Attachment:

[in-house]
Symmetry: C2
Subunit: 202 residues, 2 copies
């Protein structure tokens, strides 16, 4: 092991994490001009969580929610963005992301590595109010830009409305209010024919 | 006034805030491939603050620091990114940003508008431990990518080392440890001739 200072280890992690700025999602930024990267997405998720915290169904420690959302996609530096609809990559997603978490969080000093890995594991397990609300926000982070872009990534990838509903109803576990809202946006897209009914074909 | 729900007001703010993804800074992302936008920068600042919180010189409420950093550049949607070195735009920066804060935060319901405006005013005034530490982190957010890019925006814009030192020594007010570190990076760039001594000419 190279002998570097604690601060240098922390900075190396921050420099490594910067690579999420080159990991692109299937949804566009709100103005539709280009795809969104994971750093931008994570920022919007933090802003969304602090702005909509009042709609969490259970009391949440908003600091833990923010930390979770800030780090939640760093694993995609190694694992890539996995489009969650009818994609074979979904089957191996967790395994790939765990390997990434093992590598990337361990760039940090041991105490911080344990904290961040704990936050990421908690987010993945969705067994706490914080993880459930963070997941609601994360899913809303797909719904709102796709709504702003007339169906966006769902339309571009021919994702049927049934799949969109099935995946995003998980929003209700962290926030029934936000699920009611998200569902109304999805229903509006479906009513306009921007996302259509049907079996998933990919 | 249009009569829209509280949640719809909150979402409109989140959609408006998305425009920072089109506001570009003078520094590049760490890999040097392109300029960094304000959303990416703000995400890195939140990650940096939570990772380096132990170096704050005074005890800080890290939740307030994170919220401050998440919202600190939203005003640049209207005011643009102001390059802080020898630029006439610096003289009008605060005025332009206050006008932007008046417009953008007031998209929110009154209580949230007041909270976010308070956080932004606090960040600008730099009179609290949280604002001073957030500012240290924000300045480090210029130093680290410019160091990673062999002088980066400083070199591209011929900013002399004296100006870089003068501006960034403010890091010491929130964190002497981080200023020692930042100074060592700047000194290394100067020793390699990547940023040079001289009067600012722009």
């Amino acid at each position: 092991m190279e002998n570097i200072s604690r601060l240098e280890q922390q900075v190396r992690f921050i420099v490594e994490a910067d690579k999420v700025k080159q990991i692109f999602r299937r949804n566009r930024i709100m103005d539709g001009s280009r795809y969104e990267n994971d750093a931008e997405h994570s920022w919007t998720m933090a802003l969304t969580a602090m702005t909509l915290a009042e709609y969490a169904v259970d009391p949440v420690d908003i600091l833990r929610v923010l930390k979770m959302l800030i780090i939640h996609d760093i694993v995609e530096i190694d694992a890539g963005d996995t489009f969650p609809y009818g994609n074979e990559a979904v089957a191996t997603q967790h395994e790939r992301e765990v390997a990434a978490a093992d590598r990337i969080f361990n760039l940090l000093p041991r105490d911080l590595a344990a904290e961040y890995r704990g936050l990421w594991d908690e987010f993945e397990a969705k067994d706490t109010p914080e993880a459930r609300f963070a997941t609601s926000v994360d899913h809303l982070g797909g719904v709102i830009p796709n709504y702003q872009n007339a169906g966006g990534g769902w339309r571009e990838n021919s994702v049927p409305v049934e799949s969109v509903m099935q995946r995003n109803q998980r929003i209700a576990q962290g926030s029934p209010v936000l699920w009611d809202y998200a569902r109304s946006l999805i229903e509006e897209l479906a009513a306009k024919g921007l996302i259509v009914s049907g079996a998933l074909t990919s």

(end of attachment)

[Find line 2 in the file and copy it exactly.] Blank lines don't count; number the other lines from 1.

Symmetry: C2